A U.S. think tank has reported that China has installed anti-aircraft and anti-missile weapons on its man-made islands in the strategically vital South China Sea, to which China reacted on Thursday by stating that it's a regular arms transfer, far from militarization.
The Center for Strategic and International Studies said in a report late Wednesday that the anti-aircraft guns and close-in weapons systems designed to guard against missile attack have been placed on all seven of China's newly created islands.
The outposts were built in recent years, despite objections by the U.S. and rival claimants, by piling sand on top of coral reefs, followed by the construction of military grade 3,000-meter (10,000-foot) airstrips, barracks, lighthouses, radar stations and other infrastructure.
CSIS based its conclusions on satellite images taken in mid-to-late November and published on the website of its Asia Maritime Transparency Initiative.
China reacted on Thursday against the allegations of militarization of the islands, saying that the deployment of weapons in the South China Sea had "nothing to do with militarization", calling the construction of defensive facilities "normal."
Speaking at a regular press briefing, foreign ministry spokesman Geng Shuang told journalists that he was not aware of the report, but said that islands in the South China Sea were the country's "inherent territory."
"To conduct construction on China's own territory and deploy necessary national defence facilities is quite normal," he said, also adding that the deployment of defensive weapons had "nothing to do with militarization."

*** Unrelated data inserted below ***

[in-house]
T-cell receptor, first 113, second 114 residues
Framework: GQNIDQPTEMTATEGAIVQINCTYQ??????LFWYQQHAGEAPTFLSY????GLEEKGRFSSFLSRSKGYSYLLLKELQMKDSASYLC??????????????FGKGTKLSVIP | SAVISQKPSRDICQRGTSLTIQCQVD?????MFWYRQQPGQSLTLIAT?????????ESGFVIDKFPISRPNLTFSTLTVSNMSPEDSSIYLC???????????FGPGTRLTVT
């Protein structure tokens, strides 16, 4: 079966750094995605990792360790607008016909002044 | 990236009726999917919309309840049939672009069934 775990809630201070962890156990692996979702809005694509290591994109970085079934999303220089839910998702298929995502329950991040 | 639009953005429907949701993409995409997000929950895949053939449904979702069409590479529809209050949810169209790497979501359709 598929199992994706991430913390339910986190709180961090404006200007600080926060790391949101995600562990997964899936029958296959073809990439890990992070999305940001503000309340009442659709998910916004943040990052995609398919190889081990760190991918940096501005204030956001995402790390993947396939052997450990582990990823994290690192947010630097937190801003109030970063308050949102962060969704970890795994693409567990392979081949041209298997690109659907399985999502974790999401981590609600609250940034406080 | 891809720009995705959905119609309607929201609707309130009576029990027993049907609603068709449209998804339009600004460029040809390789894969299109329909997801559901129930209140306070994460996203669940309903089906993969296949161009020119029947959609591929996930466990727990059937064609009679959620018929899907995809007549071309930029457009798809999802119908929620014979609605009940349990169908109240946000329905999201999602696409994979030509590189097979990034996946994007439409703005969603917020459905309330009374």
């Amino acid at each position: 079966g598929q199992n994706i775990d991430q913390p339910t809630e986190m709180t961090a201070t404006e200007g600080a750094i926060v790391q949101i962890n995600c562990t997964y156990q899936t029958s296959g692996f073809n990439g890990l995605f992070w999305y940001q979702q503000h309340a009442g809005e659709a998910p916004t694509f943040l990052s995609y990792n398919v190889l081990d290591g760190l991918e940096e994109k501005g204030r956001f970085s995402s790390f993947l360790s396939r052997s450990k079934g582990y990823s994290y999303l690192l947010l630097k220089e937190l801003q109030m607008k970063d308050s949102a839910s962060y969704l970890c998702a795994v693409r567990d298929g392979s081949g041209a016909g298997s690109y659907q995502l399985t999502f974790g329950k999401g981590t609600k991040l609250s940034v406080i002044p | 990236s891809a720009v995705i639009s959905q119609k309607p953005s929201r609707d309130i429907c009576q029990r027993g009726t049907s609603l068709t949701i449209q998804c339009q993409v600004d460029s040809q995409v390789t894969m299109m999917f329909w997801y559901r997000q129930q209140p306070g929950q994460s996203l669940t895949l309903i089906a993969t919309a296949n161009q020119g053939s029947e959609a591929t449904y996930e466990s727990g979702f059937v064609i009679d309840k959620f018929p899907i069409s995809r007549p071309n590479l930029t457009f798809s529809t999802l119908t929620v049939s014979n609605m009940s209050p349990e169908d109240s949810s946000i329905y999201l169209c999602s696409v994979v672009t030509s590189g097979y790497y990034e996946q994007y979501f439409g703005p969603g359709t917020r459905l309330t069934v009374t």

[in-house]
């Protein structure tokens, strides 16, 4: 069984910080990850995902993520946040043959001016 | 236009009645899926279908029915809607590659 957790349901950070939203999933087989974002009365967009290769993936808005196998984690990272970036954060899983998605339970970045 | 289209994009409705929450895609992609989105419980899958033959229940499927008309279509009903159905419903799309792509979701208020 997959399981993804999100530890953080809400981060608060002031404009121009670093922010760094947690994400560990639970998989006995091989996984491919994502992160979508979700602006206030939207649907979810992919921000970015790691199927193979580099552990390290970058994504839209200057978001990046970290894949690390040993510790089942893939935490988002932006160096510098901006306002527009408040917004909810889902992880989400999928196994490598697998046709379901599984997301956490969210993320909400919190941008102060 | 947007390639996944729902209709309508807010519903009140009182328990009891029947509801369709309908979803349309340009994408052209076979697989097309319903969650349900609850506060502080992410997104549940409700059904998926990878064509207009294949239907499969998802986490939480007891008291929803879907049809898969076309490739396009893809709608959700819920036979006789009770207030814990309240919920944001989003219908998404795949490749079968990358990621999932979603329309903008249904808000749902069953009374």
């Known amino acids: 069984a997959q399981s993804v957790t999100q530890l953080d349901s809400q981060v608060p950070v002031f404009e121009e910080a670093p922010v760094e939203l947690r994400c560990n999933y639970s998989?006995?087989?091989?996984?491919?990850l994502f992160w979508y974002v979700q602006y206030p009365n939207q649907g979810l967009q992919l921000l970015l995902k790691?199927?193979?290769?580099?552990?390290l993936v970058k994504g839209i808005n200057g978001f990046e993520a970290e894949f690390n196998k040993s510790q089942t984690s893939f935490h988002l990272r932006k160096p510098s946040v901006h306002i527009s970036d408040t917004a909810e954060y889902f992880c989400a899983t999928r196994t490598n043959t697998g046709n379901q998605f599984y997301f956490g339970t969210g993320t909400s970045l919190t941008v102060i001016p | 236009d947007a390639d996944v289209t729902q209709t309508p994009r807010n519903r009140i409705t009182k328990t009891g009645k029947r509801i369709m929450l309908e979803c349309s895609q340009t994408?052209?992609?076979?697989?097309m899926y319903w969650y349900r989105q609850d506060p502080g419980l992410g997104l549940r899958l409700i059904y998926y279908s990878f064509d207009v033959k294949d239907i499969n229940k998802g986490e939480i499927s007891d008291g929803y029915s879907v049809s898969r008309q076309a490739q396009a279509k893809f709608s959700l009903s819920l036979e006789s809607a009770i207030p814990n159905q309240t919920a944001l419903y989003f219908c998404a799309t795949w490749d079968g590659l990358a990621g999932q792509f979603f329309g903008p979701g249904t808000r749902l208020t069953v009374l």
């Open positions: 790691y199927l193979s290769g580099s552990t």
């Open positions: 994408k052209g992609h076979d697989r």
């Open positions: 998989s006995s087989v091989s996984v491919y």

China's defence ministry said on a verified social media account that the construction was mostly for civilian use, and that necessary military installations were for self-defence. The statement wrote "If someone were flexing his muscles outside your door, wouldn't you get a slingshot ready?"
Tensions in the strategic area have been brewing for years, with China, the Philippines, Brunei, Malaysia and Vietnam making competing claims in the waters with vital global shipping routes and what are believed to be significant oil and natural gas deposits.
The US has sailed warships near the islands, but the ships have not passed within the 12 nautical mile zone that international law defines as territorial waters.
Such missions have drawn howls of fury from China, which accuses Washington of provocation and increasing the risk of a military mishap. At a meeting with Barack Obama in 2015 China's president Xi Jinping pledged Beijing "does not intend to pursue militarization" in the South China Sea.
The Permanent Court of Arbitration in The Hague ruled in July that there was no legal basis to China's claims to nearly all of the South China Sea, a verdict which Beijing has dismissed.
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